Clock Tower

Out of the Clock Tower



Hello and welcome to the Greene County Archives' blog, "Out of the Clock Tower".  Please join us as we share information on archival issues, news, special events, and highlights from our collection.

Before the archives program began in Greene County in 1996, permanent records were stored in every conceivable space, in basements, garages, and closets. Usually they were in boxes of various shapes and sizes, although seldom adequately labeled, but occasionally they were just in loose piles of books and papers. Most notable were the old records stuffed into the clock tower of the County Courthouse, where they shared their home with pigeon droppings.

Now, there is a clean, environmentally controlled, well appointed location for the county archives, where our historical records are housed in standard sized boxes on steel shelves. We have taken note of their journey in the name for our blog.

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Nov 18

Costly Fire at Trebein

Posted on November 18, 2016 at 3:08 PM by Elise Kelly

Two weeks ago we wrote about the history of a few successful distilleries in Greene County. Today, we are going to examine the 1904 destructive fire that crippled the Colonial Distillery Company at Trebeins Village (also known asTrebeins Station) in Beavercreek Twp. sdfs
Advertisement in the Xenia Daily Gazette, 1904

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General View of "The Pike" 1904 World's Fair via Wikimedia Commons
While some Beavercreek residents had traveled to St. Louis for the 1904 World's Fair in St. Louis, others were awoken during the night of August 8, 1904, by a combustive inferno that was soaring out of the Colonial Company's dry house chimney.

The fiery flames lit up the county. The blaze could be seen in the next township over (Xenia Twp). Onlookers gathered along Lucas Hill, which was located along Old US 35 toward Trebein. The fire spread from the two-story dry house to the three-story brick "still-house" (the main building of the plant).


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Yellow = Beavercreek Twp./Xenia Twp. border; Red = Old US 35; Green= Lucas Hill area - 1896 Greene County Atlas

The plant had a water works system but once the flames reached the water system's engines, the pumps completely shut off. While carrying a hose to extinguish the fire, Colonial's bookkeeper broke his ankle.

Firemen from Xenia and Dayton helped to extinguish the flames in the distillery's three large warehouses and grain elevator. However, the dry house, the still house and the fermenting house were all damaged beyond repair.

The distillery's secretary estimated that the loss would amount to over $200,000 (today's equivalent of over five million dollars). Expensive machinery and copper equipment were destroyed. In the still house alone, $40,000 worth of "spirits" were destroyed.

The Colonial Distillery was located along the Little Miami River (See Map Below).

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  1874 Greene County Atlas - The distillery was formerly owned by F.C. Trebein.

It was reported that the "spirits" leaked into the the river and was intoxicating the fish. Local men wading through the river's waters and tossed the intoxicated fish out onto the banks. "It was described as the first case on record of fish being 'fried' before they ever hit the frying pan."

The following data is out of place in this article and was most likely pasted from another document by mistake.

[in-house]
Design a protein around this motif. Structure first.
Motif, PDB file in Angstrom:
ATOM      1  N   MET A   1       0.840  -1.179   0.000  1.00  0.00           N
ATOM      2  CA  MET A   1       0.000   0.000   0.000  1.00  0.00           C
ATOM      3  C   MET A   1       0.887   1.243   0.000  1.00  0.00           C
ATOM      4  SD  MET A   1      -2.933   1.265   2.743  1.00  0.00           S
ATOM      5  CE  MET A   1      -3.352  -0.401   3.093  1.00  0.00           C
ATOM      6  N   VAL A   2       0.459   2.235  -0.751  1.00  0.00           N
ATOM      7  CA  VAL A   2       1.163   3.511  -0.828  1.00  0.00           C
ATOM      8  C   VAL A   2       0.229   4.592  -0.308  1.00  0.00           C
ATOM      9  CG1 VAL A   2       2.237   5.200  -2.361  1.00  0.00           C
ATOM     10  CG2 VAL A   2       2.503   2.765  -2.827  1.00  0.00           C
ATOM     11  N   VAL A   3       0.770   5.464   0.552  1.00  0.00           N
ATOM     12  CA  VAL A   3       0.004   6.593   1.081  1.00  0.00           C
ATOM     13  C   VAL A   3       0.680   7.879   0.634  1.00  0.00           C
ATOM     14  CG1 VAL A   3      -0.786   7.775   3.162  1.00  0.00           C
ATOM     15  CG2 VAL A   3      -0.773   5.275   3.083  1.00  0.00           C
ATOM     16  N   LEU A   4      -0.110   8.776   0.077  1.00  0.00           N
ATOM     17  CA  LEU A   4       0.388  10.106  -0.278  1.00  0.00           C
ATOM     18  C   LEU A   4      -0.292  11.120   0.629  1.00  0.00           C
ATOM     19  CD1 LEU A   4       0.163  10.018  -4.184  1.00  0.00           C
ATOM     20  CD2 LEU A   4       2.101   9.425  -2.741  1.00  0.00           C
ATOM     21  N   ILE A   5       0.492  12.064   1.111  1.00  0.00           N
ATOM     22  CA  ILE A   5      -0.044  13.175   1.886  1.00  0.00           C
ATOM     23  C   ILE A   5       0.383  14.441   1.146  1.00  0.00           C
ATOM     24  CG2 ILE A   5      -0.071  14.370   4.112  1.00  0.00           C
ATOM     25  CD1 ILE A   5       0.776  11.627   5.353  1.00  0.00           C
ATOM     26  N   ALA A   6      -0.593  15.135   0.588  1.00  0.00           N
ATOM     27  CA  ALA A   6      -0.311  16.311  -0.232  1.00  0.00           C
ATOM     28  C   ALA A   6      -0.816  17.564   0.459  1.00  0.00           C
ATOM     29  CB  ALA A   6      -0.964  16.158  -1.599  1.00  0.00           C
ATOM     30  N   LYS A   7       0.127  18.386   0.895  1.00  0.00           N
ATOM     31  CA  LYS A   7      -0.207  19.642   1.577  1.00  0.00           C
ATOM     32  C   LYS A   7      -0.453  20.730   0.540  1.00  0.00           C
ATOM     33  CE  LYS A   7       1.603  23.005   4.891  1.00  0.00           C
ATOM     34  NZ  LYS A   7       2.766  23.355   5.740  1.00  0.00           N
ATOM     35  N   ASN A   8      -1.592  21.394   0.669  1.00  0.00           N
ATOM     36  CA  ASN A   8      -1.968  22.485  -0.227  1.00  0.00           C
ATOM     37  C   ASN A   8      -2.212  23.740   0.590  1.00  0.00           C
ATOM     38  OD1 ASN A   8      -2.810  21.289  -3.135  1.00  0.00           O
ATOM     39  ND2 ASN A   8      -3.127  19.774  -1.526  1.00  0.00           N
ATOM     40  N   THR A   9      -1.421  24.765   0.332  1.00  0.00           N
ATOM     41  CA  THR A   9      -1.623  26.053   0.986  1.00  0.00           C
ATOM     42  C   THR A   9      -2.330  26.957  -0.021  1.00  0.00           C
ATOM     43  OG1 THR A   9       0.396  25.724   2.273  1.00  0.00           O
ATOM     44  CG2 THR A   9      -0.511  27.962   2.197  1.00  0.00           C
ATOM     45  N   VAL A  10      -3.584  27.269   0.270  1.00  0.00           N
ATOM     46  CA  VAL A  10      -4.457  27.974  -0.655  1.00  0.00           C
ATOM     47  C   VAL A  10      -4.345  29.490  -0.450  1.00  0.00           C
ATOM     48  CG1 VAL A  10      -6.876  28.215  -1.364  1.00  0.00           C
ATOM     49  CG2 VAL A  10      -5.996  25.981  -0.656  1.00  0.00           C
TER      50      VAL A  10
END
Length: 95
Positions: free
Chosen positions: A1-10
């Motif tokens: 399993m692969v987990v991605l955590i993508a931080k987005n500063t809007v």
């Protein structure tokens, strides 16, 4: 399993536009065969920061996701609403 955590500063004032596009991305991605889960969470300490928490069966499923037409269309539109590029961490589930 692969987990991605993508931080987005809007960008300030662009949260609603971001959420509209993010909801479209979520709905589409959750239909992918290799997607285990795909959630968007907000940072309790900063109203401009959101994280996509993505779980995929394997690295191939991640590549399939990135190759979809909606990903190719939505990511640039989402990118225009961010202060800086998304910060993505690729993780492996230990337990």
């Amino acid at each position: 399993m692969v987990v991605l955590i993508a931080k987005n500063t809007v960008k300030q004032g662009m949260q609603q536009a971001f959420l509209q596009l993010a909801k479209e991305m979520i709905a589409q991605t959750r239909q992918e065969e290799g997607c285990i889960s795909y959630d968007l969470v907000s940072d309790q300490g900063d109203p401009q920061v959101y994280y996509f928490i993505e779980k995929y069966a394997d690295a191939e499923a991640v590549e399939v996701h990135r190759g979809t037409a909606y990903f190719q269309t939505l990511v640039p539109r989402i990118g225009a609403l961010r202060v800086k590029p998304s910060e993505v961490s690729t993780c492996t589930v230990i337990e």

The Colonial Distillery had been in operation for a couple of years before the accident occured. The Company's President was a New Yorker by the name of  M.S. Greenbaum. Prior to Greenbaum's ownership, several local businessmen produced alcohol at the distillery.
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Water flowing into the Little Miami River - From the Greene County Parks & Trails 1999 Scrapbook.

The original distillery had been built in 1841 by Jonathan Snyder. Later, F.C. Trebein owned and managed the distillery operation.

The following year after the 1904 fire, the Colonial Distillery Company built a bigger distillery. After learning that it was not safe to keep liquor in the dry house, the company built a new dry house that would dry the mash after the liquor was removed.

In the 1930s, the Miami Fertilizer Company acquired the property and buildings of the former distillery.
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                              Advertisement in the Xenia Daily Gazette, 1930

It was reported that a couple of the workers at the fertilizer company remembered people stopping by and inquiring about the spectacular fire that broke out at the former distillery. Below is a 1998 ortho photograph of a few standing buildings of the former distillery. We have also included a 2012 photograph of one of the distillery's brick buildings.
 
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                                            1998 Ortho Map

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                                    2012 Greene County GIS Map

There are two important things to remember about this story. A spectacular fire erupted at Trebein Village that lit Greene County and a river of fish swam through the Little Miami River "lit" on spirits.

Until Next Time!

This Week's Trivia Question:
During the 1880s, Trebeins Station had a different name. What was it?

Answer to Last Week's Trivia Question:
How long did Thomas Scroggy serve as the Greene County Judge? - Answer: 1899-1905.

Sources: Beavercreek Historical Society. Beavercreek Chronicles Vol. I-II, 1987.
Higgins Ray. Cracker Barrel, Vol. II. Xenia, OH: Greene County Historical Society, 1984.

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